When Stalin demanded in 1944 that all Soviet Union republics be admitted to the un, he revealed a conception of sovereignty that diverged from the usual perception of Soviet diplomacy as exceedingly centralised. Soviet theories and practices of sovereignty consisted indeed in a mix of contradictory elements, illustrating the communist criticism of bourgeois international law, but also a willingness to re-use parts of it and tailor them to new political needs. This article focuses on this elastic approach to sovereignty, its legal expression and diplomatic rationale. Particular attention is paid to the sovereignty of Union republics, central to Soviet legal rhetoric, that led them to be active in the international arena in the 1920s and after 1944, and develop state institutions that would smooth up the transition to independence after 1991.
Today, the prohibition of the use of force is universally accepted as a norm of customary international law. Nevertheless, several exceptions are discussed in international law scholarship. One of them, wars of national liberation, originates in Lenin’s socialist war theory and was subsequently maintained by the former Soviet doctrine of international law. Little known in western academia, this Soviet argument of national liberation struggles to be ‘just wars’ is still alive in Russian international law scholarship today, and, therefore, a lasting legacy of Lenin’s theory of wars of national liberation in international legal discourse as developed around the time of the Russian Revolution (even if sometimes ignored) may be conceded.
A requirement was written into the Covenant of the League of Nations that treaties be communicated to the League for publication. This innovation is widely attributed to US President Woodrow Wilson, who drafted the language for the League Covenant on this issue. What is less remembered is that behind Wilson’s initiative lay an action by Leon Trotsky, Commissar for Foreign Affairs of the fledgling Soviet Russian government, who revealed treaties that had been concluded secretly on the Allied side during World War i in which various states were promised territorial gains upon the anticipated successful conclusion of the war. Trotsky’s revelation gained world attention and mobilized public sentiment against secret arrangements between governments. Wilson took his initiative in this context. The registration of treaties, which later was carried over into the Charter of the United Nations, has become one of the most important institutions of the modern international order.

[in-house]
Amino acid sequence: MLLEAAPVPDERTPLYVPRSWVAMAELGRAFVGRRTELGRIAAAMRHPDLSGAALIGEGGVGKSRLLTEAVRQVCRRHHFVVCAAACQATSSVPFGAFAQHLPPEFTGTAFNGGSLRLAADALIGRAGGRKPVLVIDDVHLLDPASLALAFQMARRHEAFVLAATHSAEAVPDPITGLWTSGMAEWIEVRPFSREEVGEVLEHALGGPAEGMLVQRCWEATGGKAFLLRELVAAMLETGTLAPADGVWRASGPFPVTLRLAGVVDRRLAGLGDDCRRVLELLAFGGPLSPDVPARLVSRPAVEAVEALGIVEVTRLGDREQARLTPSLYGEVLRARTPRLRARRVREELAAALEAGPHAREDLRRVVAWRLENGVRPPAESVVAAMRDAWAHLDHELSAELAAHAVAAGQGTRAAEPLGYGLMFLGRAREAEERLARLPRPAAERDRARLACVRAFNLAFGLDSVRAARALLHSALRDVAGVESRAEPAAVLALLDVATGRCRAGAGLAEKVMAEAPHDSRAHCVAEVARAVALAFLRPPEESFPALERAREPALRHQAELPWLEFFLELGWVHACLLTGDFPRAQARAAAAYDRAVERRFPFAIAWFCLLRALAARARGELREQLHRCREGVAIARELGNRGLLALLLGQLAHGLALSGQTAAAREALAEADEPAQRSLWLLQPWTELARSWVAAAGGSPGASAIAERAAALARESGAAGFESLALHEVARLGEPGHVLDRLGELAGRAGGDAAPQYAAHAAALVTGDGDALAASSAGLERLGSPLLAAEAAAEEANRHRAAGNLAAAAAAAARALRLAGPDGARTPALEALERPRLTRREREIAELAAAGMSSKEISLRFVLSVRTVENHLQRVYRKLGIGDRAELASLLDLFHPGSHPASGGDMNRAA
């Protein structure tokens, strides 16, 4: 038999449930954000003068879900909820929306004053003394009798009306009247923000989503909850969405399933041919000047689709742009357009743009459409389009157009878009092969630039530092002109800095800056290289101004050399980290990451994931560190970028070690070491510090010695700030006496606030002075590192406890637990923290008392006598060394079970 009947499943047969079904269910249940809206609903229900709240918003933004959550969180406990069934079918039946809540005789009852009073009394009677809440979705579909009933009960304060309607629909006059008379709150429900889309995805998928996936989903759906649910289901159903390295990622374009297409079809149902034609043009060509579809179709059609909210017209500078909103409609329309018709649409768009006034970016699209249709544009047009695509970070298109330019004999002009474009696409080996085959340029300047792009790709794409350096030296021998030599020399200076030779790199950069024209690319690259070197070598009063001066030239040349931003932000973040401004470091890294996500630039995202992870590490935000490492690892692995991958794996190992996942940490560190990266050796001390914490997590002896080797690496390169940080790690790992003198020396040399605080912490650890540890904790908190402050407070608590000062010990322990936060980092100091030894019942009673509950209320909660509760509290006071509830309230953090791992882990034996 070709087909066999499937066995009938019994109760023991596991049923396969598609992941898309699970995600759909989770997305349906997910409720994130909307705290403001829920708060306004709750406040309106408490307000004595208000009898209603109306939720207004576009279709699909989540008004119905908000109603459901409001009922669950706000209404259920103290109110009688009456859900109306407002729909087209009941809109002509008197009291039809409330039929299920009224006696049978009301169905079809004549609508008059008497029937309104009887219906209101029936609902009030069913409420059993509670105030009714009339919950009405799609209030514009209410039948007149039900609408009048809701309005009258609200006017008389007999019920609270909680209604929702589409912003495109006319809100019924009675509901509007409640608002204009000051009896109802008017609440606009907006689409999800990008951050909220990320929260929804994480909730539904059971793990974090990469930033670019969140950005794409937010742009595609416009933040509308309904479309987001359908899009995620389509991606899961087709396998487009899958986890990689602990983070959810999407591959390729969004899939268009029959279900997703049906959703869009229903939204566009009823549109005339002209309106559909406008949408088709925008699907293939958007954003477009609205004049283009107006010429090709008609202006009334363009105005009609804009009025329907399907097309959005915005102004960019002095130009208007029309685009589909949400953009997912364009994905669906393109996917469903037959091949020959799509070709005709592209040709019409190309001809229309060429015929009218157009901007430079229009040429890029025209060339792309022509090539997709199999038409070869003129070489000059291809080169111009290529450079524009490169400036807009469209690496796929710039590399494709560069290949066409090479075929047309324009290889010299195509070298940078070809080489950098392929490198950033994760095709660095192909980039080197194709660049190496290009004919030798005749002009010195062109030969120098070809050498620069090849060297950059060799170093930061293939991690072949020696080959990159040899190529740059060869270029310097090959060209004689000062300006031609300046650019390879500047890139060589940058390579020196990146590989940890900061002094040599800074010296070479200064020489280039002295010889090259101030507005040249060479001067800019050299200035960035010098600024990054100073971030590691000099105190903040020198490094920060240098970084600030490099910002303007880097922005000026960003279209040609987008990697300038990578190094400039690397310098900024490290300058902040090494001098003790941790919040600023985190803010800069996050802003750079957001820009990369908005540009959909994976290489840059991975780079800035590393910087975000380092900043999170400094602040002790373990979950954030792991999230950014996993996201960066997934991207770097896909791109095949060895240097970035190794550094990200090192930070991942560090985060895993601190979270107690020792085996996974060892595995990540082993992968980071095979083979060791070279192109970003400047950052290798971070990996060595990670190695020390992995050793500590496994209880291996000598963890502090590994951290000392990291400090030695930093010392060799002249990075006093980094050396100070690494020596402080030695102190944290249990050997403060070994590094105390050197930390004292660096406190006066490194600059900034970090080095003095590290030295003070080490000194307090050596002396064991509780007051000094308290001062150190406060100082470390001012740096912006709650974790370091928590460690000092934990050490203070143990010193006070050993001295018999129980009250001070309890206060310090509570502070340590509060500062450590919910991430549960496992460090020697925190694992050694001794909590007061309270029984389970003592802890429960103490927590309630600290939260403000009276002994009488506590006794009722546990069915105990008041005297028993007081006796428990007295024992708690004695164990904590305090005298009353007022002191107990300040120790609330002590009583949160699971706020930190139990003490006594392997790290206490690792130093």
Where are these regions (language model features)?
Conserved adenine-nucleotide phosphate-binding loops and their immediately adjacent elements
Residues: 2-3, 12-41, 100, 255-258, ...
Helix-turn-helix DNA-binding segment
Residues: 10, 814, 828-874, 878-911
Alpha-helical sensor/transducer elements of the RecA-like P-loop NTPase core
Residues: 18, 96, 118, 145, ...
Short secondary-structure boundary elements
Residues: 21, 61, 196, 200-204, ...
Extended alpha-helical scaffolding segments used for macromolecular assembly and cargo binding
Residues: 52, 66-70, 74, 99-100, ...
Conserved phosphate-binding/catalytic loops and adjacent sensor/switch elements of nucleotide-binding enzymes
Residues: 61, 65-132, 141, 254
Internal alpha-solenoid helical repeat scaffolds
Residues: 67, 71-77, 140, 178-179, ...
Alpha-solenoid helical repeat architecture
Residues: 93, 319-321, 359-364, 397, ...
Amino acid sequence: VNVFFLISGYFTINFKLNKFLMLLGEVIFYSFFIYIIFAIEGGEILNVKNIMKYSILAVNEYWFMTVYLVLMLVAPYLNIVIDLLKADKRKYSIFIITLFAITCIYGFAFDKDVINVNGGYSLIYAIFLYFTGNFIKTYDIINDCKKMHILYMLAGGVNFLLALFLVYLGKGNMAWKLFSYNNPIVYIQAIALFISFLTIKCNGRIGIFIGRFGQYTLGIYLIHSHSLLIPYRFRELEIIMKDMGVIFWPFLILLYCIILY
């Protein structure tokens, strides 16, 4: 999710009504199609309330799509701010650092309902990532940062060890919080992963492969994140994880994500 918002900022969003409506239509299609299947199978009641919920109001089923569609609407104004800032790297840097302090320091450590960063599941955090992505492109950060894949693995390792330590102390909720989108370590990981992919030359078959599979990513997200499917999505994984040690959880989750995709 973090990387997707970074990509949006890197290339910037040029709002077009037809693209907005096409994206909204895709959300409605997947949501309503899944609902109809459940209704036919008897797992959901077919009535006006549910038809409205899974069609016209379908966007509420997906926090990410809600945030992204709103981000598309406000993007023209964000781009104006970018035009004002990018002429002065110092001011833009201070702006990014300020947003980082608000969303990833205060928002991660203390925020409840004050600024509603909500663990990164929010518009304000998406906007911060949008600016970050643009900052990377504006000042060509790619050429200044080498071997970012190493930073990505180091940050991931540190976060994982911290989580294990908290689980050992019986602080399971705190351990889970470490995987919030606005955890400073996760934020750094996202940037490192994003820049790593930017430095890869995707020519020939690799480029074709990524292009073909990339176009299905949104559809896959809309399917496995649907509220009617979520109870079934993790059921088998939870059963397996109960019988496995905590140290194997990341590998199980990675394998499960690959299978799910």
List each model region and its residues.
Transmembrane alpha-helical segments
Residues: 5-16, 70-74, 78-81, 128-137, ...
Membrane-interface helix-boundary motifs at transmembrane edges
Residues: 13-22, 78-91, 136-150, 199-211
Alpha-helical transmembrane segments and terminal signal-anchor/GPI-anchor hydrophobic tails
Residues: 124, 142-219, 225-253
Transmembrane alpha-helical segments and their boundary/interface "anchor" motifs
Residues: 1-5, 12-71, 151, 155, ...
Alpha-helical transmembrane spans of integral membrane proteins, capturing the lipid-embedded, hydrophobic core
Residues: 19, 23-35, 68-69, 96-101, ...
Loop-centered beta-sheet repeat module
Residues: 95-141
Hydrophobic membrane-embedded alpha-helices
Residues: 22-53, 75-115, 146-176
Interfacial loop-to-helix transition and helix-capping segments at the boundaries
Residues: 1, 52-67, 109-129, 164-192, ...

The article introduces two traditions of conceptualizing the relationship between sovereignty and property which have been present in legal and political doctrine and in international law. One tradition sees the two concepts as separated, the other as interrelated. The article then shows that the Soviet approach to sovereignty and property, which manifested itself in certain measures adopted after the 1917 Russian Revolution (the abolition of private property, the repudiation of tsarist debts) and which was largely informed by the ideology of Marxism-Leninism, falls under the second tradition. Finally, the article discusses how the Soviet approach to sovereignty and property sought to affect international law and to what extent it has managed, or failed, to do so.